Statistics Cheat Sheet
e. Probability Distribution: Add next to coins frequency                  11. Confidence Intervals
chart a P(x) with 1/8, 3/8, 3/8, 1/8 values                            a.   Statistical Inference: methods for inferring data
f. Probability Function: Obey two properties of prob.                          about population from a sample
(0 ≤ P(A) ≤ 1, ∑ (all outcomes) P(A) = 1.                              b.   If   x is unbiased, use to estimate μ
g. Parameter: Unknown # describing population
c.   Confidence Interval: Estimate+/- error margin
h. Statistic: # computed from sample data
d.   Confidence Level C: probability interval captures
Sample          Population                                 true parameter value in repeated samples
Mean             x               μ - mu                                e.   Given SRS of n & normal population, C confidence
Variance               s2                   σ2                            interval for μ is: x  z *  /   n
Standard               s                    σ - sigma
deviation                                                            f.   Sample size for desired margin of error – set +/-
value above & solve for n.
 (x  x)
2

i.   Base:      x  x / n , s        2
                              12. Tests of significance
(n  1)                    g.   Assess evidence supporting a claim about popu.
Frequency Dist                   Probability Distribution    h.   Idea – outcome that would rarely happen if claim
Me       x   xf /  f                    [ xP( x)]                   were true evidences claim is not true
an                                                                   i.   Ho – Null hypothesis: test designed to assess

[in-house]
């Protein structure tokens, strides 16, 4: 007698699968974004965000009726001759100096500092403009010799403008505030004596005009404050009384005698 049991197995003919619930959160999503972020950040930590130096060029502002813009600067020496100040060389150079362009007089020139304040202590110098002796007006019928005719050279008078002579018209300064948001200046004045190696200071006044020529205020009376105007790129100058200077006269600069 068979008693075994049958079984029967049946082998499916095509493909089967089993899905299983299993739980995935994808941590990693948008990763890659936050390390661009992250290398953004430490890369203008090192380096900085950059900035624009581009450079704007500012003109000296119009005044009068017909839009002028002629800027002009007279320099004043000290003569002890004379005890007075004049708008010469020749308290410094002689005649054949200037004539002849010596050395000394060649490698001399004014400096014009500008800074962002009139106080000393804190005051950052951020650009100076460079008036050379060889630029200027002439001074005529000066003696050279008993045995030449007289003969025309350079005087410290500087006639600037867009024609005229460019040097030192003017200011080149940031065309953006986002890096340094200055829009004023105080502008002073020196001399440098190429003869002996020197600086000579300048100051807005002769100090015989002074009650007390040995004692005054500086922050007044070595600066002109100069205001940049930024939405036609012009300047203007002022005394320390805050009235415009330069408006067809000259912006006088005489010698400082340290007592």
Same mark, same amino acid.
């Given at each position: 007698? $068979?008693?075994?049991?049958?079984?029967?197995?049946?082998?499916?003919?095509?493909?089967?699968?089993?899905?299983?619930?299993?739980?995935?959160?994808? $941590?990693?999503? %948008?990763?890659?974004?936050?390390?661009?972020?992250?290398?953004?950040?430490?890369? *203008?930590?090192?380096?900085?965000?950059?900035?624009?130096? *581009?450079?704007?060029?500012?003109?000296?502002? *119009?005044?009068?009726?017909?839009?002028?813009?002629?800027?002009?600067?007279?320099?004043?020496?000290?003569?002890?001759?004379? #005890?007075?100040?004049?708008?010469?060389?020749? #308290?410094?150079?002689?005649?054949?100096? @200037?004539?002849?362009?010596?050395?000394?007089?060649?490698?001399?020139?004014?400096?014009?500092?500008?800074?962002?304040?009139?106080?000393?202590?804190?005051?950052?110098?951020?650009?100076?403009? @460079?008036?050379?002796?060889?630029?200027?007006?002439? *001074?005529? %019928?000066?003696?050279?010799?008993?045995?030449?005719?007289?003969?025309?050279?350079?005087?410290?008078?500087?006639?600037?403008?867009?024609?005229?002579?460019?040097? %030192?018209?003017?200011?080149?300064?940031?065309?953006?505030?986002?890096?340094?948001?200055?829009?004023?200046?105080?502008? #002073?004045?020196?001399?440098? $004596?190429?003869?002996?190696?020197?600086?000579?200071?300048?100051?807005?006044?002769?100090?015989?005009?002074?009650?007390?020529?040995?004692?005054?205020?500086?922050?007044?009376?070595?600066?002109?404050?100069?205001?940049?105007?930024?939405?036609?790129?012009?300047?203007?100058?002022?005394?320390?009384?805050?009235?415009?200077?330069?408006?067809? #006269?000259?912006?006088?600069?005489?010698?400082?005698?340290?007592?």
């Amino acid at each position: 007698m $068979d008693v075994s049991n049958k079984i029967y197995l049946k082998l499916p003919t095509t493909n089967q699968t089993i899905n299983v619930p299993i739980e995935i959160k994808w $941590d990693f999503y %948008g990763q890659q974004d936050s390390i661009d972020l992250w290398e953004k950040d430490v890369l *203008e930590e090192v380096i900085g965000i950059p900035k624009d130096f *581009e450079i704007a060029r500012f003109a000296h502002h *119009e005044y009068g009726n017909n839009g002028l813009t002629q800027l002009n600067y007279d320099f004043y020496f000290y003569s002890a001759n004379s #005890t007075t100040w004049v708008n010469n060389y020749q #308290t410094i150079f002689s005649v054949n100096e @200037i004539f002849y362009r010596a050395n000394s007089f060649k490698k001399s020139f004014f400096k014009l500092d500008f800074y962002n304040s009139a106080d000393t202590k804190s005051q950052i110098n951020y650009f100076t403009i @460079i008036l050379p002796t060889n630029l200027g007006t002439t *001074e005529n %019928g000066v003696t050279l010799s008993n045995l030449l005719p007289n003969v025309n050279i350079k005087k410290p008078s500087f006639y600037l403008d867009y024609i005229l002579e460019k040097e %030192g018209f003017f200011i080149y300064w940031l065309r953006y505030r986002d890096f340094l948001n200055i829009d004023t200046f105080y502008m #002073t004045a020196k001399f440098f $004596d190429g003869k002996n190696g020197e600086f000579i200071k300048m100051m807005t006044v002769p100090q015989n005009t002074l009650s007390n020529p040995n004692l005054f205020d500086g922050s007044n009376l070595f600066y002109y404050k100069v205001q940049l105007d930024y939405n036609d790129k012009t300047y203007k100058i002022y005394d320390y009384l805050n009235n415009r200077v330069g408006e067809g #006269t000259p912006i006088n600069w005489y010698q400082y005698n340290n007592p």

Var
 (x  x) f
2
 2  [(x   ) 2 P( x)]        evidence against Ho. Usually statement of no effect
s2                                                              Ha – alternative hypothesis about population
( f  1)
j.
parameter to null
k.   Two sided: Ho: μ = 0, Ha: μ ≠ 0
2
Std     s = √s
Dv
        2                l.   P-value: probability, assuming Ho is true, that test
statistic would be as or more extreme (smaller P-
j.   Probability acting as an              f /  f . Lose the -1               value is > evidence against Ho)
x
9. Sampling Distribution                                                  m.   z=
/ n
a.   By law of large #'s, as n -> population,                x
n.   Significance level α : if α = .05, then happens no
b.   Given x as mean of SRS of size n, from pop with μ                         more than 5% of time. "Results were significant (P <
and σ. Mean of sampling distribution of x is μ and                        .01 )"
standard deviation is           / n                                 o.   Level α 2-sided test rejects Ho: μ = μo when uo falls
outside a level 1 – α confidence int.
c.   If individual observations have normal distribution
a.   Complicating factors: not complete SRS from
N(μ,σ) – then         x of n has N(μ,  / n )                             population, multistage & many factor designs,
d.   Central Limit Theorem: Given SRS of b from a                              outliers, non-normal distribution, σ unknown.
population with μ and σ. When n is large, the                        b.   Under coverage and nonresponse often more
sample mean           x is approx normal.                                 serious than the random sampling error accounted
for by confidence interval
10. Binomial Distribution
c.   Type I error: reject Ho when it's true – α gives
a.   Binomial Experiment. Emphasize Bi – two possible                          probability of this error
outcomes (success,failure). n repeated identical
d.   Type II error: accept Ho when Ha is true
trials that have complementary P(success) +
P(failure) = 1. binomial is count of successful trials               e.   Power is 1 – probability of Type II error
where 0≤x≤n
b.   p : probability of success of each observation
c.   Binomial Coefficient: nCk = n!/(n – k)!k!
n k           nk
d.   Binomial Prob: P(x = k) =                 p (1  p )
 k
e.   Binomal μ = np
f.   Binomal         np(1  p)
f0acc37b-be55-453e-be4c-8c9709fb5712.doc                           -3-                                          Printed 4/8/2009